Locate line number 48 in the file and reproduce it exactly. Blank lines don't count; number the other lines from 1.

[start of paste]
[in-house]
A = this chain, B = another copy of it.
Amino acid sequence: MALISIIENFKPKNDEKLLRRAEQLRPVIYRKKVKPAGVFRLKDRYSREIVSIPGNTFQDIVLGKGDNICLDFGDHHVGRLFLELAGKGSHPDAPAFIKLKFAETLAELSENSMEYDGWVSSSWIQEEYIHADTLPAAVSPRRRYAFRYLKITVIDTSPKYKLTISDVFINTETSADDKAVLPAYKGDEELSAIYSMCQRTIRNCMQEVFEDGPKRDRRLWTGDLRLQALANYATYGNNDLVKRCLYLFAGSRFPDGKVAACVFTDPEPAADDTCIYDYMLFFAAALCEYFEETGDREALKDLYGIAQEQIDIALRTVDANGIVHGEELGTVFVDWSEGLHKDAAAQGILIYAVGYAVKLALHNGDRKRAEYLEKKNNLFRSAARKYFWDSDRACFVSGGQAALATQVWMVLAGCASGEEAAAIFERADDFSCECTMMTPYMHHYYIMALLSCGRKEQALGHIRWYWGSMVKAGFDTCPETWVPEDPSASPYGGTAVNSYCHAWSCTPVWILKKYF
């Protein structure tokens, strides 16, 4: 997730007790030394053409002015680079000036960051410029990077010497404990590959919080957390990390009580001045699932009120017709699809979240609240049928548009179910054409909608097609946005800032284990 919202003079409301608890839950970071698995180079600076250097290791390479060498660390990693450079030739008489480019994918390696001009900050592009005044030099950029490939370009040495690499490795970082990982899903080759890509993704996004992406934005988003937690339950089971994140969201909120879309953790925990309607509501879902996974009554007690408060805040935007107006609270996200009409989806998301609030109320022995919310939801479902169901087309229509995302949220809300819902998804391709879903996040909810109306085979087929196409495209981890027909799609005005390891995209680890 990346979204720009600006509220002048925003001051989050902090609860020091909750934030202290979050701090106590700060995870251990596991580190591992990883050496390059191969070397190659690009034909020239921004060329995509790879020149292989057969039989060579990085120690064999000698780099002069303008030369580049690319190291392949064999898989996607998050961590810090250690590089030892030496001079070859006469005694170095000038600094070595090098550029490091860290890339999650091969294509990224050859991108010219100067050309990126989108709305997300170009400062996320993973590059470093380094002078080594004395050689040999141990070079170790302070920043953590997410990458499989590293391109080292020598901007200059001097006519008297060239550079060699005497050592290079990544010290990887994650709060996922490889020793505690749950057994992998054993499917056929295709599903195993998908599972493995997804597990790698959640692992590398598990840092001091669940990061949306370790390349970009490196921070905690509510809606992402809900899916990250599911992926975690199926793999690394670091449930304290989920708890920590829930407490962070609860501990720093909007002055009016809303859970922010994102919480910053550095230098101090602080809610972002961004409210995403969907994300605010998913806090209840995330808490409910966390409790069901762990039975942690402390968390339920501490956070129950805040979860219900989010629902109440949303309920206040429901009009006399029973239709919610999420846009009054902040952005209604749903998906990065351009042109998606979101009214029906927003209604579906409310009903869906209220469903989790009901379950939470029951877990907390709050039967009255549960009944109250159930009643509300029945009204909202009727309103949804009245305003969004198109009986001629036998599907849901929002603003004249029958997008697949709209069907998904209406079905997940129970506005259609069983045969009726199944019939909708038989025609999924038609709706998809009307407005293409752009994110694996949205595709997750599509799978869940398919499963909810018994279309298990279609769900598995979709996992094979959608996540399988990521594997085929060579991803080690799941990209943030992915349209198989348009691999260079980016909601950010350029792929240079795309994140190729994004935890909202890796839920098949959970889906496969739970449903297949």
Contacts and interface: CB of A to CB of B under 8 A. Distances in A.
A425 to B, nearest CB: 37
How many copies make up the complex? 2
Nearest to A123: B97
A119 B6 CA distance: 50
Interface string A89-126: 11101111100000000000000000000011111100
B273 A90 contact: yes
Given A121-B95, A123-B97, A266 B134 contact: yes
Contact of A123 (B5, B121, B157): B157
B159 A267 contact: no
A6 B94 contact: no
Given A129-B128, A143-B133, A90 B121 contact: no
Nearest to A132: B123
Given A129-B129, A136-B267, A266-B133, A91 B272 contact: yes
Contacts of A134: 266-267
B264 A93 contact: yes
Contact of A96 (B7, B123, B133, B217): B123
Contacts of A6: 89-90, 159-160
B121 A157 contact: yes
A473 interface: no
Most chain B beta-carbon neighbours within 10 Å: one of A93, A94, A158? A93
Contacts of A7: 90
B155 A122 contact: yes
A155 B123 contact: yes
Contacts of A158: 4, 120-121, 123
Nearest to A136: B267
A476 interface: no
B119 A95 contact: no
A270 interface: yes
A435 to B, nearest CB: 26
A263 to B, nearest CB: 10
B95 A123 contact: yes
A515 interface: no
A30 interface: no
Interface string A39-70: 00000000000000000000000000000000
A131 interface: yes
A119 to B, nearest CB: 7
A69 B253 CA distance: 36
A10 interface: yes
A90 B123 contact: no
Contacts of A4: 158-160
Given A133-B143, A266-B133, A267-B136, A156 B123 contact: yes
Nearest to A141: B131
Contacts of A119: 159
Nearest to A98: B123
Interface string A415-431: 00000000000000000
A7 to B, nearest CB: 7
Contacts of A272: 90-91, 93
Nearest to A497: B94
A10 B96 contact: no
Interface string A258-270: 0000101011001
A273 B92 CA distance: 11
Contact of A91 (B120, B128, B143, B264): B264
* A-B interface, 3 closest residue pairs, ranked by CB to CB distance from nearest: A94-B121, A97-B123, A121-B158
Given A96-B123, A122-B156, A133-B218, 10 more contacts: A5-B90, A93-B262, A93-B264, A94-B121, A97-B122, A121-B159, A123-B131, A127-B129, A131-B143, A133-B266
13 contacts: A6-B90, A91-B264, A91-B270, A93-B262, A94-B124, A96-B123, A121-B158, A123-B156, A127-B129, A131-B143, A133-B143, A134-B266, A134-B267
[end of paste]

Contacts of A119: 159